The study focuses on survey data collected by the Bureau of Justice Statistics between 2002 and 2011, in which millions of Americans were polled about their interactions with police. An average of 44 million Americans per year reported having in-person contact with a police officer, and approximately 704,000 of those respondents said they experienced use of force or a threat of force during the interaction.
Most of those who experienced force—three-fourths of the group—said they thought the force was excessive.
When the study focused on uses of force and did not include data on threats, the racial disparities became more striking. “Blacks (4.9 percent) experienced nonfatal force during police-initiated contacts at a rate nearly three times higher than whites (1.8 percent) and nearly two times higher than Hispanics (2.5 percent),” according to the study.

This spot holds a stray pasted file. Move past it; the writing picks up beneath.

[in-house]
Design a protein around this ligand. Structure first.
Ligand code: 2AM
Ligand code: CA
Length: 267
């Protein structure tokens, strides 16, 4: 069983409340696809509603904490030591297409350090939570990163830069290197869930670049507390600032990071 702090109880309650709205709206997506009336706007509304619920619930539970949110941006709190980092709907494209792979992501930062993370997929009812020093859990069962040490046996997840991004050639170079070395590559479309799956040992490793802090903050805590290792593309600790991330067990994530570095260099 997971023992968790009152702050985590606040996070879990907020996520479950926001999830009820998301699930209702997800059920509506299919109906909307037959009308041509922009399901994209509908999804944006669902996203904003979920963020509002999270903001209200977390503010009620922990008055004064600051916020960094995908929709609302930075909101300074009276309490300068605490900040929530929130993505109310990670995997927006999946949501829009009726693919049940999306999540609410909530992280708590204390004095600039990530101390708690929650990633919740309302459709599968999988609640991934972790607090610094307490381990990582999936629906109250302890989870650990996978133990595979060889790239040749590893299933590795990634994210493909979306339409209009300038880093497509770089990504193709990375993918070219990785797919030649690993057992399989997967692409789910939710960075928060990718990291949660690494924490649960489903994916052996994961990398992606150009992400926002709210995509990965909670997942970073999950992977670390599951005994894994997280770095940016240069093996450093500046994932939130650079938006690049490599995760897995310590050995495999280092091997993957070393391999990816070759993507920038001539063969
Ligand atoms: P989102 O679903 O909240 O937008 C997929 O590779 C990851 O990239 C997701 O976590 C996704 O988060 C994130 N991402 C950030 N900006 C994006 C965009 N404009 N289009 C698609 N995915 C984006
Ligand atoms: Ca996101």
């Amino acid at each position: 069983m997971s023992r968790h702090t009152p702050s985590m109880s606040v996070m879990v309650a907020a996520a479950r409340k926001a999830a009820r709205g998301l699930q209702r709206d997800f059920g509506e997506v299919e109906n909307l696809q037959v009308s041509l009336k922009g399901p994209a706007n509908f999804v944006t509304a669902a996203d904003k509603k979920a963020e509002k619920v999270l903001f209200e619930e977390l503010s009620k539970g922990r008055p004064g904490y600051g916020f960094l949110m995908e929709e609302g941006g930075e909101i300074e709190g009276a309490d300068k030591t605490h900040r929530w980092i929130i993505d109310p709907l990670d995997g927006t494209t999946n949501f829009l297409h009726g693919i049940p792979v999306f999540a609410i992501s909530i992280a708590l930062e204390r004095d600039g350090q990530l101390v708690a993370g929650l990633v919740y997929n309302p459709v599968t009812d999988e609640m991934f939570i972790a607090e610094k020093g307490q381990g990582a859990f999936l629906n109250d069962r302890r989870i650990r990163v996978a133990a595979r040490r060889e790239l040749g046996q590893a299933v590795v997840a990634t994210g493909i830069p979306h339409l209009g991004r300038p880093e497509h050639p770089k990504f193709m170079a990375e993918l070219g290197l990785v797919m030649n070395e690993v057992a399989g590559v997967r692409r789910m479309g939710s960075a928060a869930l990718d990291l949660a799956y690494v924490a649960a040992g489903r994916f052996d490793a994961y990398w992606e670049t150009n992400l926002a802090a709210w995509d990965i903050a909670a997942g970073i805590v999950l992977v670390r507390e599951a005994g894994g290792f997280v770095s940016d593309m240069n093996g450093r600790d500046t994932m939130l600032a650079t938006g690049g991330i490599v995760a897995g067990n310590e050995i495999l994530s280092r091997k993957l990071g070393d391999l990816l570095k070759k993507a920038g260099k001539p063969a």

The study categorized police behavior such as shouting, cursing, pepper-spraying, or pointing a gun as a use of force. It also found that respondents who experienced force at the hands of police were more likely to have interacted with police several times before.
The Department of Justice released its findings in the wake of protests focused on the use of deadly force by police against civilians. According to data gathered by the Washington Post, 853 people have been fatally shot by police this year. However, the data compiled by the Department of Justice is the only national data focused on nonfatal police force.